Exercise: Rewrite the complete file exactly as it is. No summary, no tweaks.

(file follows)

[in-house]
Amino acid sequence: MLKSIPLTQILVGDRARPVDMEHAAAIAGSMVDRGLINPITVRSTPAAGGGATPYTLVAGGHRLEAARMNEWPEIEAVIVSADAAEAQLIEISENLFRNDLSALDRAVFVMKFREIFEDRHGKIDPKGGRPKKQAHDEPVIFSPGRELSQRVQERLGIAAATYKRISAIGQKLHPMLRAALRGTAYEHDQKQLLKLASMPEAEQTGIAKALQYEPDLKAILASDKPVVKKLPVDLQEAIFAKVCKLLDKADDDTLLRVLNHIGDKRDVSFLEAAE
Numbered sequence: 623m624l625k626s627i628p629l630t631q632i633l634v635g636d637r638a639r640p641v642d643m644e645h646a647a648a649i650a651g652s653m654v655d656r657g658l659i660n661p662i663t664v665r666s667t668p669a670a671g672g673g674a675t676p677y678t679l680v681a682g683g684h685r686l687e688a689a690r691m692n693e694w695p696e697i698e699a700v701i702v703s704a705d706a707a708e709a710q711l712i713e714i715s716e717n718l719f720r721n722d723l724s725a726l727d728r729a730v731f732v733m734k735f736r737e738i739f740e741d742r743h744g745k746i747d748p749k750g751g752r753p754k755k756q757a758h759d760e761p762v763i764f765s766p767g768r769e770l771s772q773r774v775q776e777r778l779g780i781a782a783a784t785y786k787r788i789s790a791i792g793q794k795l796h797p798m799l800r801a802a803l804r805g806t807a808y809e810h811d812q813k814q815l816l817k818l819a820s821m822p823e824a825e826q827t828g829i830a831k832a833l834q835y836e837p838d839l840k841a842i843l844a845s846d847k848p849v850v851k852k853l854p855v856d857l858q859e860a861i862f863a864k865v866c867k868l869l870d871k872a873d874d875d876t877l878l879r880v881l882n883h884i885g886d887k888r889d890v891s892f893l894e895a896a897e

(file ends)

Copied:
[in-house]
Amino acid sequence: MLKSIPLTQILVGDRARPVDMEHAAAIAGSMVDRGLINPITVRSTPAAGGGATPYTLVAGGHRLEAARMNEWPEIEAVIVSADAAEAQLIEISENLFRNDLSALDRAVFVMKFREIFEDRHGKIDPKGGRPKKQAHDEPVIFSPGRELSQRVQERLGIAAATYKRISAIGQKLHPMLRAALRGTAYEHDQKQLLKLASMPEAEQTGIAKALQYEPDLKAILASDKPVVKKLPVDLQEAIFAKVCKLLDKADDDTLLRVLNHIGDKRDVSFLEAAE
Numbered sequence: 623m624l625k626s627i628p629l630t631q632i633l634v635g636d637r638a639r640p641v642d643m644e645h646a647a648a649i650a651g652s653m654v655d656r657g658l659i660n661p662i663t664v665r666s667t668p669a670a671g672g673g674a675t676p677y678t679l680v681a682g683g684h685r686l687e688a689a690r691m692n693e694w695p696e697i698e699a700v701i702v703s704a705d706a707a708e709a710q711l712i713e714i715s716e717n718l719f720r721n722d723l724s725a726l727d728r729a730v731f732v733m734k735f736r737e738i739f740e741d742r743h744g745k746i747d748p749k750g751g752r753p754k755k756q757a758h759d760e761p762v763i764f765s766p767g768r769e770l771s772q773r774v775q776e777r778l779g780i781a782a783a784t785y786k787r788i789s790a791i792g793q794k795l796h797p798m799l800r801a802a803l804r805g806t807a808y809e810h811d812q813k814q815l816l817k818l819a820s821m822p823e824a825e826q827t828g829i830a831k832a833l834q835y836e837p838d839l840k841a842i843l844a845s846d847k848p849v850v851k852k853l854p855v856d857l858q859e860a861i862f863a864k865v866c867k868l869l870d871k872a873d874d875d876t877l878l879r880v881l882n883h884i885g886d887k888r889d890v891s892f893l894e895a896a897e